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Director, Landbird Conservation Program

Trevor L. Lloyd-Evans

From my first two-year stint at the (then) Manomet Bird Observatory in the 1970’s, I was immensely comfortable with the wide range of scientific work we do and the emphasis on conservation biology. Over the years, our long-term data and the ecological studies they inform have led to an ideal combination of research, conservation science and education at all levels. Science is not a goal in itself, but at Manomet it leads to communicating our results directly through teaching, publication and the current media. This philosophy is supported by unified staff, boards and members, so “Why not Manomet?”

Manomet is a science-based organization which allows us to engage any audience with the facts about conservation biology. Our bird research uses changes in migration ecology to showcase birds as sensitive indicators of environmental change that alert us to both local and international conservation and climate change effects. We communicate these concepts through direct programs at the banding lab, lectures, publications, web sites and especially through providing curriculum and field techniques to teachers at middle and high school levels. A sustainable world requires that people understand the results of our actions, good and bad, plus everyone appreciates birds.

An initial Honours B.Sc. in Zoology from the University of Wales was supplemented by graduate courses in ecology from Boston University. Training in ornithology and field biology at Bird Observatories and the British Trust for Ornithology was supplemented in the USA by banding and census techniques and practical teaching at the undergraduate level at Manomet. Fieldwork from the Arctic to the New World tropics, Europe and Africa has broadened all aspects of my background.

Birds and the places they take you to, plus the people you meet along the way provide an endless fascination and endless learning opportunities. I still have the privilege of working with dedicated banders and interns, being directly involved in teaching, and continuing to learn about and appreciate birds.

From my first two-year stint at the (then) Manomet Bird Observatory in the 1970’s, I was immensely comfortable with the wide range of scientific work we do and the emphasis on conservation biology. Over the years, our long-term data and the ecological studies they inform have led to an ideal combination of research, conservation science and education at all levels. Science is not a goal in itself, but at Manomet it leads to communicating our results directly through teaching, publication and the current media. This philosophy is supported by unified staff, boards and members, so “Why not Manomet?”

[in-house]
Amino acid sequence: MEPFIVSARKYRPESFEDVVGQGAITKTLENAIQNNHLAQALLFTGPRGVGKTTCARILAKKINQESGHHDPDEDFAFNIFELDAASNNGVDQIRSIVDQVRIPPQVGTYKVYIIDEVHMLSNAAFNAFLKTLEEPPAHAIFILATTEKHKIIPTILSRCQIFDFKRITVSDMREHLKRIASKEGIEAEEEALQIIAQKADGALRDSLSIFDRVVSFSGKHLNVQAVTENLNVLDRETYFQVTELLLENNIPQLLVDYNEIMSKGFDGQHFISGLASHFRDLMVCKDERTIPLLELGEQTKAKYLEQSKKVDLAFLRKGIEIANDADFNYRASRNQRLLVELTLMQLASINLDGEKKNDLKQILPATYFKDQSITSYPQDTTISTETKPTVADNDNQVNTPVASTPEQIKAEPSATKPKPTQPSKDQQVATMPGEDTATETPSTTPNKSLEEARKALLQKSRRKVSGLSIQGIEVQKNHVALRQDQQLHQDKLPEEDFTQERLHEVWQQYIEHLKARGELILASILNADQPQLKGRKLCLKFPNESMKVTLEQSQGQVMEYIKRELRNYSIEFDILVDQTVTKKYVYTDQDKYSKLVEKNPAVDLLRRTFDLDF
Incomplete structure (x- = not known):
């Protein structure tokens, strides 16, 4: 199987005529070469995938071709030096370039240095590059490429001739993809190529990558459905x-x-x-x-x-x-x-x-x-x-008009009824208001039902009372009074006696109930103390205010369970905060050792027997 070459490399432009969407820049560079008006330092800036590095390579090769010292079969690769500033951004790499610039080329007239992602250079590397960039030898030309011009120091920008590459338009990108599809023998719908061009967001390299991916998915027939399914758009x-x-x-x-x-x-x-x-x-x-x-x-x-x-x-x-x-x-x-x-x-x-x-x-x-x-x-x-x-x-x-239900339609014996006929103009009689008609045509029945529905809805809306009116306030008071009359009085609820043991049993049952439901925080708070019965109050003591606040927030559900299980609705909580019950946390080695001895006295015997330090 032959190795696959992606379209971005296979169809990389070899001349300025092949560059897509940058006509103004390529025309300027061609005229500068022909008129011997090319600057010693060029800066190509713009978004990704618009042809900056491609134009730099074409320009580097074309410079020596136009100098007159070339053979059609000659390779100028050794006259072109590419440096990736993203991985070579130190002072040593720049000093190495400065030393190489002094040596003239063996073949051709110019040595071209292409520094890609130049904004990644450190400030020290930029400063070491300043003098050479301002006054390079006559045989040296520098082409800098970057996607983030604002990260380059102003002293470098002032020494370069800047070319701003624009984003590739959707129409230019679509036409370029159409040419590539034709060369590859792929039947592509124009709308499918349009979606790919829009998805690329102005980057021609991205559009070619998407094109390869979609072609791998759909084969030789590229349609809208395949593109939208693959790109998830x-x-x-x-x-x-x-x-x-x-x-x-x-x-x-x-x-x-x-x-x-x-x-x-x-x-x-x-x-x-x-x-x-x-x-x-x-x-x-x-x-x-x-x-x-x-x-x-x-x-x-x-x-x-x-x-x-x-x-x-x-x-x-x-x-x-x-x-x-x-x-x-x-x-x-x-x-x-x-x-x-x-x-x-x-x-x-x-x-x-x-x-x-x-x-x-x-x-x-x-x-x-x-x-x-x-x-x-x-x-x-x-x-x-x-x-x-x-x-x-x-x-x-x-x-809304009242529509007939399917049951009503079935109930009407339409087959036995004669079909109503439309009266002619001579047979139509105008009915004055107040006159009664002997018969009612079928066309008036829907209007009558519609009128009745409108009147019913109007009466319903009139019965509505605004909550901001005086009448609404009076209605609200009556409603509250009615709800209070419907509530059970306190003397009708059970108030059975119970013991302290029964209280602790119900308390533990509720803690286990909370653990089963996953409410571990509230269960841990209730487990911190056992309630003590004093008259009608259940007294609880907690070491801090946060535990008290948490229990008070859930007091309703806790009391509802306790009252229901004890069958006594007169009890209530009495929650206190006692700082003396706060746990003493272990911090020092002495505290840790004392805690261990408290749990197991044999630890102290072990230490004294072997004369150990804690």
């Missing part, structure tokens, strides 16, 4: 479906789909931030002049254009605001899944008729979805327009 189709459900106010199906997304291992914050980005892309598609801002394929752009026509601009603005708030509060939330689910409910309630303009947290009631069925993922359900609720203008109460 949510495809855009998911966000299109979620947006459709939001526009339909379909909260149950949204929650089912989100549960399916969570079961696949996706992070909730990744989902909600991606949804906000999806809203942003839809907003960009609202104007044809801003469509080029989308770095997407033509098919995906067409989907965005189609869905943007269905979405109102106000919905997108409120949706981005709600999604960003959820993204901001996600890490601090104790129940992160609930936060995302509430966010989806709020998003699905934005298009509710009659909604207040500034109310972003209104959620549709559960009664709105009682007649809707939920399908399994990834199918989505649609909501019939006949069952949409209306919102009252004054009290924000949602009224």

Manomet is a science-based organization which allows us to engage any audience with the facts about conservation biology. Our bird research uses changes in migration ecology to showcase birds as sensitive indicators of environmental change that alert us to both local and international conservation and climate change effects. We communicate these concepts through direct programs at the banding lab, lectures, publications, web sites and especially through providing curriculum and field techniques to teachers at middle and high school levels. A sustainable world requires that people understand the results of our actions, good and bad, plus everyone appreciates birds.

An initial Honours B.Sc. in Zoology from the University of Wales was supplemented by graduate courses in ecology from Boston University. Training in ornithology and field biology at Bird Observatories and the British Trust for Ornithology was supplemented in the USA by banding and census techniques and practical teaching at the undergraduate level at Manomet. Fieldwork from the Arctic to the New World tropics, Europe and Africa has broadened all aspects of my background.

Birds and the places they take you to, plus the people you meet along the way provide an endless fascination and endless learning opportunities. I still have the privilege of working with dedicated banders and interns, being directly involved in teaching, and continuing to learn about and appreciate birds.